Posts Tagged 'bees'

After Barely A Summer Dies the Bee

SolidagoThis goldenrod was chock-a-stem with bumblebees, carpenter bees, and honeybees, moving slowly if at all on a cool day. You could pet them if you liked. XylocopaThis is the last hurrah for the bumbles and carpenter bees, except for already mated queens, who will soon find a place tucked away in leaf litter for the winter. Female honeybees will overwinter in the hive, keeping their queen warm. It’s curtains for all the males.xylocopaI’ve never noticed the white face mark of the male Eastern Carpenter Bee (Xylocopa virginica).img_0410The great circle of life in action: a mantis munches away at a still-flailing bumblebee.

Aster Apotheosis

Symphyotrichum This is the time to see these Symphyotrichum asters. Above is a low-growing, smaller flowered version called “October Sky.”SymphyotrichumHere’s one of the bigger ones, both taller and larger-flowered. And there are still pollinators — bumblebees, honeybees, and some flies — working them over for the last of the nectar and pollen. The bumblebees are slow and groggy.

These were in the Native Flora Garden, but if you look you can see them all over.

Beewings

bee1One the Megachile leaf-cutter bees. bee2A nice look at the bee’s fore and hind wings. Hymenoptera, the “membrane-winged” insects (bees, wasps, and ants) and have four wings.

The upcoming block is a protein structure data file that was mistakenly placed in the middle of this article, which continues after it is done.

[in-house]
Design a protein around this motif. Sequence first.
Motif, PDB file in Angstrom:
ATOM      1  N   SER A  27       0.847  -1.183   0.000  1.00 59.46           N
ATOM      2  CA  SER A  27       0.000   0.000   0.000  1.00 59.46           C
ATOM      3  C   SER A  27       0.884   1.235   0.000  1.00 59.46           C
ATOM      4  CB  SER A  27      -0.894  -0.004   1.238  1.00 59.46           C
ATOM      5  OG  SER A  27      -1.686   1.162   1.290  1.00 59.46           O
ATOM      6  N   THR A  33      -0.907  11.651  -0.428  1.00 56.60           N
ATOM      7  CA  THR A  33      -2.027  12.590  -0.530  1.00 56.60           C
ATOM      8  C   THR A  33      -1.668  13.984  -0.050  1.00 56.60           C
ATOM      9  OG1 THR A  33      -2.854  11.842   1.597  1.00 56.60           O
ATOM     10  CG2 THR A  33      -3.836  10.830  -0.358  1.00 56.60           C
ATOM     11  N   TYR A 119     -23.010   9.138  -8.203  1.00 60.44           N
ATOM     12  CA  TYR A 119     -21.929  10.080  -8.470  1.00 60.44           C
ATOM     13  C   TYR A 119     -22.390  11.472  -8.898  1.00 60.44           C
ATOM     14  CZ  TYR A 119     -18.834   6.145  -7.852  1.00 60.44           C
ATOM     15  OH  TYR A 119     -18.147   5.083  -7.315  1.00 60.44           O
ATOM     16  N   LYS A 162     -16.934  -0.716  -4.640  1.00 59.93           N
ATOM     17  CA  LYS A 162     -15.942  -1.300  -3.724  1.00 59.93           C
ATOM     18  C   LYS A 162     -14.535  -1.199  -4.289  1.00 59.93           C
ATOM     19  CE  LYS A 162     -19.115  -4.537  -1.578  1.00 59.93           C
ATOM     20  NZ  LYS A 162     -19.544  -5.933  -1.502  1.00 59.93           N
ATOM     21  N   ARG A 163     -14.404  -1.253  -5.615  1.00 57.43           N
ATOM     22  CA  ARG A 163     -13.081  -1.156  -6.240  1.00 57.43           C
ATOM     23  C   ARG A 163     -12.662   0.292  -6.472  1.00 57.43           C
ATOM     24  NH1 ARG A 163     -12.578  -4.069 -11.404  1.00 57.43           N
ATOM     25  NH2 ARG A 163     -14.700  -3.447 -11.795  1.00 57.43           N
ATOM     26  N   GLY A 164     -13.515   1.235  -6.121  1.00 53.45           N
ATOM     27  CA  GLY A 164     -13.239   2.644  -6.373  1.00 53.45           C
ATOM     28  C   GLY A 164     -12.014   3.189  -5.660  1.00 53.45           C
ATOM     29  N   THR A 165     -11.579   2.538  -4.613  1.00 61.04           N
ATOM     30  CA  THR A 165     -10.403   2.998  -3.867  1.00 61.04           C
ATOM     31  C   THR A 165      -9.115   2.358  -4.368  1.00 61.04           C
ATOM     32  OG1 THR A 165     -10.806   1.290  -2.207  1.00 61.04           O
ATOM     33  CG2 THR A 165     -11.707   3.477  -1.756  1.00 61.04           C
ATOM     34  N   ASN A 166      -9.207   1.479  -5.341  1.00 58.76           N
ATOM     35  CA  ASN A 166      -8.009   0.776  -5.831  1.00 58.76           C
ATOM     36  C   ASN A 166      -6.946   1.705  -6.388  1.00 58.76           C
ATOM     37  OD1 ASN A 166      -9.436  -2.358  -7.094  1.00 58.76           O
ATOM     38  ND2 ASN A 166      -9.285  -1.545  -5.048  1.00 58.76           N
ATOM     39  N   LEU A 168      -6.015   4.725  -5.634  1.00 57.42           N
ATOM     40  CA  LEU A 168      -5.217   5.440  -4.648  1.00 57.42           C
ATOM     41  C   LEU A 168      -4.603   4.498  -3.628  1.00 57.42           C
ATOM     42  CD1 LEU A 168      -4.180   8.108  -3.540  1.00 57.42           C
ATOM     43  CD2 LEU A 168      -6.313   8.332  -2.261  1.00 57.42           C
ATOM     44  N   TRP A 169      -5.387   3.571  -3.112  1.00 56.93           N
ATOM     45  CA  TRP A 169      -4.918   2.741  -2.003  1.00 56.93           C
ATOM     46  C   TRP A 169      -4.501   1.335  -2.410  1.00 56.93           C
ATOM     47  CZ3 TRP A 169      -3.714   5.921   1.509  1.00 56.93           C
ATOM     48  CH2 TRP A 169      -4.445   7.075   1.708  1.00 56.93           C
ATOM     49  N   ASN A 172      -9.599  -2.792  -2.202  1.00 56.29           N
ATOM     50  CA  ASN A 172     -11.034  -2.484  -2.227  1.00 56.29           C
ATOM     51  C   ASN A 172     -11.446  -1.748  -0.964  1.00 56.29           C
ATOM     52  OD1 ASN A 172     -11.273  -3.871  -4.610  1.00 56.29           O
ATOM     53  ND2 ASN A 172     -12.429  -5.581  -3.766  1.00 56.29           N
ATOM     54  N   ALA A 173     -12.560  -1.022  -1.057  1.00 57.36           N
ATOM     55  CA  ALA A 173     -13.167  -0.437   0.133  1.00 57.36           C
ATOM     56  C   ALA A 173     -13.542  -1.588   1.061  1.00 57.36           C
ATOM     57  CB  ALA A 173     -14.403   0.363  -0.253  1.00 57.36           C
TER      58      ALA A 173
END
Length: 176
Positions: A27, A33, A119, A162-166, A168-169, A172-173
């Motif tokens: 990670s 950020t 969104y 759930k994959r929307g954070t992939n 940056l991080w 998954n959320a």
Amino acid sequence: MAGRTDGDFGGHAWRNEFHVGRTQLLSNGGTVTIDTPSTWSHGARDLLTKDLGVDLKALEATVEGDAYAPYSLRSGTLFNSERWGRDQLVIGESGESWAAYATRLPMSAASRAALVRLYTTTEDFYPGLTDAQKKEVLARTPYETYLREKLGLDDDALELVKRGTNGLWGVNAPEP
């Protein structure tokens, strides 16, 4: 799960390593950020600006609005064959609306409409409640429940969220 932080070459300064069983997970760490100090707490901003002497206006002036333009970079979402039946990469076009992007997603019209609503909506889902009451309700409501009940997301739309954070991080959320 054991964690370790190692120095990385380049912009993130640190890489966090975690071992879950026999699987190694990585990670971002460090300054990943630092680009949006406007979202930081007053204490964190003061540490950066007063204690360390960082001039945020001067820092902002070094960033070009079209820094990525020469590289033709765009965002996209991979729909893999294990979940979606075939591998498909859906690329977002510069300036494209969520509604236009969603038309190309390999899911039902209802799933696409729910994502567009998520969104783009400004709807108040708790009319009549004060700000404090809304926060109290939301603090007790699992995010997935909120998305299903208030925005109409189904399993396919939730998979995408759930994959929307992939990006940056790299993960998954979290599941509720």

Dragonflies and butterflies would surely agree with the Hymenoptera that four wings are the best, but flies probably wouldn’t. Flies (and mosquitoes) are in the order Diptera (“two-winged”): they have vestigial wing-stubs called halteres which seem to act as stabilizers in flight. Beetles, whose forewings have turned into elytra, or wing-coverings, might disagree too…but then, they’re not known as great fliers, so maybe they wouldn’t.

Megachile on Asclepias

MegachileLeaf-cutter bee on Butterfly Weed.

You can’t tell this when they’re in the air, or, frankly, very easily when they’re still, but bees have four wings (flies have two). In this photo, however, you can just see the smaller hindwing underneath the forewing on the right side here.

Brooklyn Long-horns

Melissodes bimaculatusThis black bee was a real brawler, tackling each flower like a linebacker, rolling up and over the flower parts until it was upside-down.

Note the long opera-glove-like sleeves of pollen on the hind legs. These legs have more hair than the other two sets, and these pollen packs are rather larger than you see on most bees who do this (leaf cutter bees, for another example, store pollen on the underside of their abdomen); this and the antenna helped me identify this one. Two-spotted Long-horned Bee, Melissodes bimaculatus. It is supposed to be common in the east, but I think this is the first time I’ve seen/identified one. This is one of the solitary bee species, not social like the non-native honeybees or partially social like some bumblebees.

Over two hundred species of bees have been found in NYC, but honeybees and several species of bumblebees are the most commonly recognized. Yet when you look closer, there’s so much more going on. This one was all over the flowers outside my apartment building.

Pollination Nation

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Air Bee and Bee

IMG_8777A local bee motel. There was a wasp checking in, to. This is a rather elaborate one, offering several possibilities for wood- and cavity- nesters. (But don’t forget the ground-nesters!)

The Xerces Society has some helpful hints on building your own to encourage pollinators.


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